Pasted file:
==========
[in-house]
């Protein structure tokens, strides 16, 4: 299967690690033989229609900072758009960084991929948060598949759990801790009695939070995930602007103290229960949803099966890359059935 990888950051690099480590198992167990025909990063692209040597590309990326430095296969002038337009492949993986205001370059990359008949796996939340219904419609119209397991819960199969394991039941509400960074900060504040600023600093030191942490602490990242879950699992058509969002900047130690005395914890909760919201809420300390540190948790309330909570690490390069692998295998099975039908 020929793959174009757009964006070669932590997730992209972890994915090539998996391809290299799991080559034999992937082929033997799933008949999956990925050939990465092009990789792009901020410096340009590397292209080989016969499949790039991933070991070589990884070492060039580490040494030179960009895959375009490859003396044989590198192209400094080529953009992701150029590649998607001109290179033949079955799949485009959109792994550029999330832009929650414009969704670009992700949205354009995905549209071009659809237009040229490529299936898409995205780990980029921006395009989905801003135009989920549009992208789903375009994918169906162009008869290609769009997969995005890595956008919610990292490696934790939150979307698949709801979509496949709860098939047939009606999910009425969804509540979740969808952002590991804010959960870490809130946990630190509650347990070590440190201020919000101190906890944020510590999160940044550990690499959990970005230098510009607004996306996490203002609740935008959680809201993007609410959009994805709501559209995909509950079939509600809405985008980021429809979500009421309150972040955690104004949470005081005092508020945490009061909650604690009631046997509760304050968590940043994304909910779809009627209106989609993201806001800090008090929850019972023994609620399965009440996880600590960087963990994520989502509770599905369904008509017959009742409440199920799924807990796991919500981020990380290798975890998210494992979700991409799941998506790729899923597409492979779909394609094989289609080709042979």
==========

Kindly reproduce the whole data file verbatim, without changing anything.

[in-house]
């Protein structure tokens, strides 16, 4: 299967690690033989229609900072758009960084991929948060598949759990801790009695939070995930602007103290229960949803099966890359059935 990888950051690099480590198992167990025909990063692209040597590309990326430095296969002038337009492949993986205001370059990359008949796996939340219904419609119209397991819960199969394991039941509400960074900060504040600023600093030191942490602490990242879950699992058509969002900047130690005395914890909760919201809420300390540190948790309330909570690490390069692998295998099975039908 020929793959174009757009964006070669932590997730992209972890994915090539998996391809290299799991080559034999992937082929033997799933008949999956990925050939990465092009990789792009901020410096340009590397292209080989016969499949790039991933070991070589990884070492060039580490040494030179960009895959375009490859003396044989590198192209400094080529953009992701150029590649998607001109290179033949079955799949485009959109792994550029999330832009929650414009969704670009992700949205354009995905549209071009659809237009040229490529299936898409995205780990980029921006395009989905801003135009989920549009992208789903375009994918169906162009008869290609769009997969995005890595956008919610990292490696934790939150979307698949709801979509496949709860098939047939009606999910009425969804509540979740969808952002590991804010959960870490809130946990630190509650347990070590440190201020919000101190906890944020510590999160940044550990690499959990970005230098510009607004996306996490203002609740935008959680809201993007609410959009994805709501559209995909509950079939509600809405985008980021429809979500009421309150972040955690104004949470005081005092508020945490009061909650604690009631046997509760304050968590940043994304909910779809009627209106989609993201806001800090008090929850019972023994609620399965009440996880600590960087963990994520989502509770599905369904008509017959009742409440199920799924807990796991919500981020990380290798975890998210494992979700991409799941998506790729899923597409492979779909394609094989289609080709042979």